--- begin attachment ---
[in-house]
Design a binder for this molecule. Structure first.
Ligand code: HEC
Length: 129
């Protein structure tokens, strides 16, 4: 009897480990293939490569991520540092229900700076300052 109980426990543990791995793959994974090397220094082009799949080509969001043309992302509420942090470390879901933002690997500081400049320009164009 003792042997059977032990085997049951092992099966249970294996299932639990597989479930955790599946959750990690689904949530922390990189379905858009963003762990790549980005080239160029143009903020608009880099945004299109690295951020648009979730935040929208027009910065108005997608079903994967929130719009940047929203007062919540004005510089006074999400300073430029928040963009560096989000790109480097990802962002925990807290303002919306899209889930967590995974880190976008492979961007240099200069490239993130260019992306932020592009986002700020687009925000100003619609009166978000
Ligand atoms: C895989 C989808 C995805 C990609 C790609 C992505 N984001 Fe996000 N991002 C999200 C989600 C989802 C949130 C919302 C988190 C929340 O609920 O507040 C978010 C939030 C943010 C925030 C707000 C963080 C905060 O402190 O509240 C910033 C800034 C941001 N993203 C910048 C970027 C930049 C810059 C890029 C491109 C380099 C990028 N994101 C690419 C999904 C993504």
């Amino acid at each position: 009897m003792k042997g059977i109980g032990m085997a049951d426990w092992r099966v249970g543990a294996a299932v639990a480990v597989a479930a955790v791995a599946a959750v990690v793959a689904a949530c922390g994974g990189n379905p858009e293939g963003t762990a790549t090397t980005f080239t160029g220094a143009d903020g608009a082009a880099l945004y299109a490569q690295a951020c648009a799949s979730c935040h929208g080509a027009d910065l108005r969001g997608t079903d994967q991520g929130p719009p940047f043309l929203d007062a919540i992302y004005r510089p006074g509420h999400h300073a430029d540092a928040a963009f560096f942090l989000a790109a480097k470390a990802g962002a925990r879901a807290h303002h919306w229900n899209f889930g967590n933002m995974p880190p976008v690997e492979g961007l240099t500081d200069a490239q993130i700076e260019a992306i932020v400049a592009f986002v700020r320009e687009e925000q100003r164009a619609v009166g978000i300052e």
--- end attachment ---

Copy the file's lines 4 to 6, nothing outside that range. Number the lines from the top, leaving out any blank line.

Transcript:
Length: 129
């Protein structure tokens, strides 16, 4: 009897480990293939490569991520540092229900700076300052 109980426990543990791995793959994974090397220094082009799949080509969001043309992302509420942090470390879901933002690997500081400049320009164009 003792042997059977032990085997049951092992099966249970294996299932639990597989479930955790599946959750990690689904949530922390990189379905858009963003762990790549980005080239160029143009903020608009880099945004299109690295951020648009979730935040929208027009910065108005997608079903994967929130719009940047929203007062919540004005510089006074999400300073430029928040963009560096989000790109480097990802962002925990807290303002919306899209889930967590995974880190976008492979961007240099200069490239993130260019992306932020592009986002700020687009925000100003619609009166978000
Ligand atoms: C895989 C989808 C995805 C990609 C790609 C992505 N984001 Fe996000 N991002 C999200 C989600 C989802 C949130 C919302 C988190 C929340 O609920 O507040 C978010 C939030 C943010 C925030 C707000 C963080 C905060 O402190 O509240 C910033 C800034 C941001 N993203 C910048 C970027 C930049 C810059 C890029 C491109 C380099 C990028 N994101 C690419 C999904 C993504």